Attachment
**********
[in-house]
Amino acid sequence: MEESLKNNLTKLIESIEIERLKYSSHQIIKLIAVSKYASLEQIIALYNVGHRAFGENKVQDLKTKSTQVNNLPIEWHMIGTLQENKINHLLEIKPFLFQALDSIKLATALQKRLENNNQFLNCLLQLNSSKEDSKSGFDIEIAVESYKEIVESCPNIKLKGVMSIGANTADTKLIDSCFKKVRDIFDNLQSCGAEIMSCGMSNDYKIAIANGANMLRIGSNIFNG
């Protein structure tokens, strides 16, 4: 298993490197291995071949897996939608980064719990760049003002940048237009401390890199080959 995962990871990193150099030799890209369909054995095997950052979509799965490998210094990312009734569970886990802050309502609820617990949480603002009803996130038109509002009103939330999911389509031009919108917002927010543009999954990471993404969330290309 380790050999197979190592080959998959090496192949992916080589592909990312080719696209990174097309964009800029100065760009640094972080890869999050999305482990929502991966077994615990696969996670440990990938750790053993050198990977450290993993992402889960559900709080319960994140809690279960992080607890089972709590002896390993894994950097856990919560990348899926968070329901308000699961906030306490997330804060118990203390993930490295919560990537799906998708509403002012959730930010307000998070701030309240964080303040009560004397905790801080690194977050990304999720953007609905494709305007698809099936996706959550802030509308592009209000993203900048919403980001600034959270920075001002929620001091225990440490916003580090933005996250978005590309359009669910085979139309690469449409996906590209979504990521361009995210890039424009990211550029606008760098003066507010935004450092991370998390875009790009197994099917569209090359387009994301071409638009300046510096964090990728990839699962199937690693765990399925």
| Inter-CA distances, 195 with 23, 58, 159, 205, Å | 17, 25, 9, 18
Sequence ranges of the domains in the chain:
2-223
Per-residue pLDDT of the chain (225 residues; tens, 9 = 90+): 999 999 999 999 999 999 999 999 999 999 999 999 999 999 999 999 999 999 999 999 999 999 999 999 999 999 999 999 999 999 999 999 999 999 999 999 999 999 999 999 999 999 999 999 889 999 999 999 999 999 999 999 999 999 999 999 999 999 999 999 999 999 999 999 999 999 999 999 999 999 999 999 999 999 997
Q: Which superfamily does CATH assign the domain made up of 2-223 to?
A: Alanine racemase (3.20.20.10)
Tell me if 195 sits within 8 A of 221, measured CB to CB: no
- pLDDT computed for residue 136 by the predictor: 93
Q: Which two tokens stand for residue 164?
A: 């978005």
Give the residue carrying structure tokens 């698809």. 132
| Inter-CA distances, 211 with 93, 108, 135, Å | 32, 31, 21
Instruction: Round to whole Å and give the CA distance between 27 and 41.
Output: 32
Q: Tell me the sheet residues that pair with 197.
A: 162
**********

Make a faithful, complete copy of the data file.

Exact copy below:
[in-house]
Amino acid sequence: MEESLKNNLTKLIESIEIERLKYSSHQIIKLIAVSKYASLEQIIALYNVGHRAFGENKVQDLKTKSTQVNNLPIEWHMIGTLQENKINHLLEIKPFLFQALDSIKLATALQKRLENNNQFLNCLLQLNSSKEDSKSGFDIEIAVESYKEIVESCPNIKLKGVMSIGANTADTKLIDSCFKKVRDIFDNLQSCGAEIMSCGMSNDYKIAIANGANMLRIGSNIFNG
């Protein structure tokens, strides 16, 4: 298993490197291995071949897996939608980064719990760049003002940048237009401390890199080959 995962990871990193150099030799890209369909054995095997950052979509799965490998210094990312009734569970886990802050309502609820617990949480603002009803996130038109509002009103939330999911389509031009919108917002927010543009999954990471993404969330290309 380790050999197979190592080959998959090496192949992916080589592909990312080719696209990174097309964009800029100065760009640094972080890869999050999305482990929502991966077994615990696969996670440990990938750790053993050198990977450290993993992402889960559900709080319960994140809690279960992080607890089972709590002896390993894994950097856990919560990348899926968070329901308000699961906030306490997330804060118990203390993930490295919560990537799906998708509403002012959730930010307000998070701030309240964080303040009560004397905790801080690194977050990304999720953007609905494709305007698809099936996706959550802030509308592009209000993203900048919403980001600034959270920075001002929620001091225990440490916003580090933005996250978005590309359009669910085979139309690469449409996906590209979504990521361009995210890039424009990211550029606008760098003066507010935004450092991370998390875009790009197994099917569209090359387009994301071409638009300046510096964090990728990839699962199937690693765990399925």
| Inter-CA distances, 195 with 23, 58, 159, 205, Å | 17, 25, 9, 18
Sequence ranges of the domains in the chain:
2-223
Per-residue pLDDT of the chain (225 residues; tens, 9 = 90+): 999 999 999 999 999 999 999 999 999 999 999 999 999 999 999 999 999 999 999 999 999 999 999 999 999 999 999 999 999 999 999 999 999 999 999 999 999 999 999 999 999 999 999 999 889 999 999 999 999 999 999 999 999 999 999 999 999 999 999 999 999 999 999 999 999 999 999 999 999 999 999 999 999 999 997
Q: Which superfamily does CATH assign the domain made up of 2-223 to?
A: Alanine racemase (3.20.20.10)
Tell me if 195 sits within 8 A of 221, measured CB to CB: no
- pLDDT computed for residue 136 by the predictor: 93
Q: Which two tokens stand for residue 164?
A: 């978005």
Give the residue carrying structure tokens 């698809």. 132
| Inter-CA distances, 211 with 93, 108, 135, Å | 32, 31, 21
Instruction: Round to whole Å and give the CA distance between 27 and 41.
Output: 32
Q: Tell me the sheet residues that pair with 197.
A: 162